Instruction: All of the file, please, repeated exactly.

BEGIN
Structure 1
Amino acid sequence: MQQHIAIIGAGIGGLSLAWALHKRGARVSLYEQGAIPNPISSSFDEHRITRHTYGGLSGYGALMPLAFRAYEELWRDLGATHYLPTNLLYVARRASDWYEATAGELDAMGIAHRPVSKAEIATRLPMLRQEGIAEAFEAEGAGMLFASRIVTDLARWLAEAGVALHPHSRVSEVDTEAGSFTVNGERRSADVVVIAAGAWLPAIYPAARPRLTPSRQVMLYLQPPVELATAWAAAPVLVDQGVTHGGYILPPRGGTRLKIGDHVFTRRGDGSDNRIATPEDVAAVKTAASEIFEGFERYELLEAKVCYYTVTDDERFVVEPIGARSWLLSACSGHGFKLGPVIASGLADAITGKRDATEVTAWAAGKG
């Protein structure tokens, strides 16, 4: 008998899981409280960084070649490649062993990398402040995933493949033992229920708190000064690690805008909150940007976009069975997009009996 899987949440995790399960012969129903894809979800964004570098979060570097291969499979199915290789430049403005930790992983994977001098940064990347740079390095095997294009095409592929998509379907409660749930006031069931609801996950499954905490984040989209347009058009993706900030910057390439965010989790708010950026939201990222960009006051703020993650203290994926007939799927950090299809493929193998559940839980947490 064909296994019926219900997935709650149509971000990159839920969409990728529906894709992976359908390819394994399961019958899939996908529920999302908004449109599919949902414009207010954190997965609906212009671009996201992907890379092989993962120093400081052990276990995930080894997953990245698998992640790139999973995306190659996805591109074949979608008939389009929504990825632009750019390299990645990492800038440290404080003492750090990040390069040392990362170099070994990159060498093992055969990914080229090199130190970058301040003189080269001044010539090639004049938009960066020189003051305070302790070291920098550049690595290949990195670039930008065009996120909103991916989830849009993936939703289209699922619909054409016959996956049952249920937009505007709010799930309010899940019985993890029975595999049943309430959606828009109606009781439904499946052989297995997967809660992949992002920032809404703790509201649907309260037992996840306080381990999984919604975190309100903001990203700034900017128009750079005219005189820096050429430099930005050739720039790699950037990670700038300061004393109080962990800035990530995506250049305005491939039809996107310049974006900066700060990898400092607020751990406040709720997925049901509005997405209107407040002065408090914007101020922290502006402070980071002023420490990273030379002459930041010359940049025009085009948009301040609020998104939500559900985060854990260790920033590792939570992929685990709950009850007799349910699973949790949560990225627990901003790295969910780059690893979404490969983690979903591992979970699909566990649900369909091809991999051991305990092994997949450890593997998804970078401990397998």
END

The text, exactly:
Structure 1
Amino acid sequence: MQQHIAIIGAGIGGLSLAWALHKRGARVSLYEQGAIPNPISSSFDEHRITRHTYGGLSGYGALMPLAFRAYEELWRDLGATHYLPTNLLYVARRASDWYEATAGELDAMGIAHRPVSKAEIATRLPMLRQEGIAEAFEAEGAGMLFASRIVTDLARWLAEAGVALHPHSRVSEVDTEAGSFTVNGERRSADVVVIAAGAWLPAIYPAARPRLTPSRQVMLYLQPPVELATAWAAAPVLVDQGVTHGGYILPPRGGTRLKIGDHVFTRRGDGSDNRIATPEDVAAVKTAASEIFEGFERYELLEAKVCYYTVTDDERFVVEPIGARSWLLSACSGHGFKLGPVIASGLADAITGKRDATEVTAWAAGKG
């Protein structure tokens, strides 16, 4: 008998899981409280960084070649490649062993990398402040995933493949033992229920708190000064690690805008909150940007976009069975997009009996 899987949440995790399960012969129903894809979800964004570098979060570097291969499979199915290789430049403005930790992983994977001098940064990347740079390095095997294009095409592929998509379907409660749930006031069931609801996950499954905490984040989209347009058009993706900030910057390439965010989790708010950026939201990222960009006051703020993650203290994926007939799927950090299809493929193998559940839980947490 064909296994019926219900997935709650149509971000990159839920969409990728529906894709992976359908390819394994399961019958899939996908529920999302908004449109599919949902414009207010954190997965609906212009671009996201992907890379092989993962120093400081052990276990995930080894997953990245698998992640790139999973995306190659996805591109074949979608008939389009929504990825632009750019390299990645990492800038440290404080003492750090990040390069040392990362170099070994990159060498093992055969990914080229090199130190970058301040003189080269001044010539090639004049938009960066020189003051305070302790070291920098550049690595290949990195670039930008065009996120909103991916989830849009993936939703289209699922619909054409016959996956049952249920937009505007709010799930309010899940019985993890029975595999049943309430959606828009109606009781439904499946052989297995997967809660992949992002920032809404703790509201649907309260037992996840306080381990999984919604975190309100903001990203700034900017128009750079005219005189820096050429430099930005050739720039790699950037990670700038300061004393109080962990800035990530995506250049305005491939039809996107310049974006900066700060990898400092607020751990406040709720997925049901509005997405209107407040002065408090914007101020922290502006402070980071002023420490990273030379002459930041010359940049025009085009948009301040609020998104939500559900985060854990260790920033590792939570992929685990709950009850007799349910699973949790949560990225627990901003790295969910780059690893979404490969983690979903591992979970699909566990649900369909091809991999051991305990092994997949450890593997998804970078401990397998």